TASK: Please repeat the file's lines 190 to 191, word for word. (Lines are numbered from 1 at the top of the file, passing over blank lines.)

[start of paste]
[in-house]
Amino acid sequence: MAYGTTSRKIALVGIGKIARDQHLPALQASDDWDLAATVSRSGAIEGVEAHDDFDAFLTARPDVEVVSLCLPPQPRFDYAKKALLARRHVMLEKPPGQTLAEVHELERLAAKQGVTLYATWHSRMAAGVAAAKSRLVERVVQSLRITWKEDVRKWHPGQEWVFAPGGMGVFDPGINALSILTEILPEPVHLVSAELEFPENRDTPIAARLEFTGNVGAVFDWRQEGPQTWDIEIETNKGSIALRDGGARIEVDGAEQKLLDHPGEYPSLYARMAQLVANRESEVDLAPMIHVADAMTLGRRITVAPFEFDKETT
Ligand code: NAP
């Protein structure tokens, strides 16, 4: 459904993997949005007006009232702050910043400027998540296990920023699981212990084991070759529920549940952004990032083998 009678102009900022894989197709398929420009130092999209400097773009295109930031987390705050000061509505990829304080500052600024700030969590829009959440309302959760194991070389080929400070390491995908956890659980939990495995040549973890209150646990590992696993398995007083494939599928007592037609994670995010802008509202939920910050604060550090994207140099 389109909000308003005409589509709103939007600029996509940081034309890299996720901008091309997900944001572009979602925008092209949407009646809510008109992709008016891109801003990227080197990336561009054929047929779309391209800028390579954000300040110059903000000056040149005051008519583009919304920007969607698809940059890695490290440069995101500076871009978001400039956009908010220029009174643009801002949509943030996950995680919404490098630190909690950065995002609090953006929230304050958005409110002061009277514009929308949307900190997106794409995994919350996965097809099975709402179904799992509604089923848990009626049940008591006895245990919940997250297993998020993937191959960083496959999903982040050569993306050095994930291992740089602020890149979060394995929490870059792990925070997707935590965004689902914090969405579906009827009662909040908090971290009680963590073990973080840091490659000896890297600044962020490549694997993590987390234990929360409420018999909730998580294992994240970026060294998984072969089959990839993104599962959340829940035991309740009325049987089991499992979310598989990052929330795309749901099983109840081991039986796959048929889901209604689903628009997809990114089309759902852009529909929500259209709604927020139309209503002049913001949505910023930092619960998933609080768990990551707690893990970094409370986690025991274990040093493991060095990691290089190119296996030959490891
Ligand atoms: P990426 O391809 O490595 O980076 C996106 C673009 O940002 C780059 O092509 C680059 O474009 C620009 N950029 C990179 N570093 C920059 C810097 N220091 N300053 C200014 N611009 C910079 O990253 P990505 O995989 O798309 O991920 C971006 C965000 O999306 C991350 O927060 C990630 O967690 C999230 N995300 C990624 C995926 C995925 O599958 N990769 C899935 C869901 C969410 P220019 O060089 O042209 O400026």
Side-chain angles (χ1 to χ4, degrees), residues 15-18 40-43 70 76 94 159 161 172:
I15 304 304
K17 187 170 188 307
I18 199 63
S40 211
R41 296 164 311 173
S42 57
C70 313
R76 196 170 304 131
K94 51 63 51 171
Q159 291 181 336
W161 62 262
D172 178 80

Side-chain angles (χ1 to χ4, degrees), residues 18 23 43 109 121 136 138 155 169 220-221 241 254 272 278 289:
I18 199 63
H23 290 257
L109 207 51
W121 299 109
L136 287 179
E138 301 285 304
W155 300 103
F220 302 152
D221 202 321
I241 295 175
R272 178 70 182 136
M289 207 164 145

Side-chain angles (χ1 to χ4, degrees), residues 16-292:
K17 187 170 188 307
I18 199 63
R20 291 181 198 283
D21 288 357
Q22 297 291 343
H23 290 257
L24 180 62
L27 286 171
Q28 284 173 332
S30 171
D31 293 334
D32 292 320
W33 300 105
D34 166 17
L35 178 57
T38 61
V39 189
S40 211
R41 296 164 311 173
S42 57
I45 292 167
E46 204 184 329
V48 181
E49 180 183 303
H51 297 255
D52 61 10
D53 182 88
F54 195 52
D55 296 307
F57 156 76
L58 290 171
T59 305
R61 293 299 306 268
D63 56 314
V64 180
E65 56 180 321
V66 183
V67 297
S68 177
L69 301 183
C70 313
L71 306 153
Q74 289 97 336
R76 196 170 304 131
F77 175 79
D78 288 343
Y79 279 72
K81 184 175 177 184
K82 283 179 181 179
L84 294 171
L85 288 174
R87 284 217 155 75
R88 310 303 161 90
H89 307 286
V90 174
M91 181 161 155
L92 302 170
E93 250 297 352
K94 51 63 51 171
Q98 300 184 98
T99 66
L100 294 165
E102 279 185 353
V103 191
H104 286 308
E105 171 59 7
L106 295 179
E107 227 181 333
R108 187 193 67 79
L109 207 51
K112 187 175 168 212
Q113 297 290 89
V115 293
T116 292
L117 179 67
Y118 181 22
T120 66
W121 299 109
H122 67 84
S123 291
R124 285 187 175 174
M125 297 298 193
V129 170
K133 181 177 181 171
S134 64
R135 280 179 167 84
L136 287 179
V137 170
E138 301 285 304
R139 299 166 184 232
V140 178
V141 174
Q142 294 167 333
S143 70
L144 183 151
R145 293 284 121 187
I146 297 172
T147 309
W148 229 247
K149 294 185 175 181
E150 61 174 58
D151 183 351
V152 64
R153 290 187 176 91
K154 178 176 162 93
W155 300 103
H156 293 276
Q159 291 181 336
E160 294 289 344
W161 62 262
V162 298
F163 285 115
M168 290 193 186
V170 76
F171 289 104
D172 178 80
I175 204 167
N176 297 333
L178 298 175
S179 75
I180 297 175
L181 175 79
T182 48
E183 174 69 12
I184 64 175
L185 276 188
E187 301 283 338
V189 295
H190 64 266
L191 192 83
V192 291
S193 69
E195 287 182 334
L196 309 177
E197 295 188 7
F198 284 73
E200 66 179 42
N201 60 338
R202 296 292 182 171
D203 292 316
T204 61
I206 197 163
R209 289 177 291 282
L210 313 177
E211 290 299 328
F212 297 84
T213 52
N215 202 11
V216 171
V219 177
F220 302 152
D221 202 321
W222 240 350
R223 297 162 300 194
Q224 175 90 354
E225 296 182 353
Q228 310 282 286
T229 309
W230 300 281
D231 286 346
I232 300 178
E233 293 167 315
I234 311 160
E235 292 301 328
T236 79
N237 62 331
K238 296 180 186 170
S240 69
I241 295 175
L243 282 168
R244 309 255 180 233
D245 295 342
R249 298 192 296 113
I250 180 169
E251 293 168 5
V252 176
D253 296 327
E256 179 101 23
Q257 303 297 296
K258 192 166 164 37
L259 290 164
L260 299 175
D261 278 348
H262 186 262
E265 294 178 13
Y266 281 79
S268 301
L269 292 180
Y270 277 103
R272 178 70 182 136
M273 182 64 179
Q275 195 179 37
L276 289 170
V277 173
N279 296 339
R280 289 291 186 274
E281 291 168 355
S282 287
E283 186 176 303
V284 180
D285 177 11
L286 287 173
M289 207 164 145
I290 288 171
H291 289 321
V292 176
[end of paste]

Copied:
T229 309
W230 300 281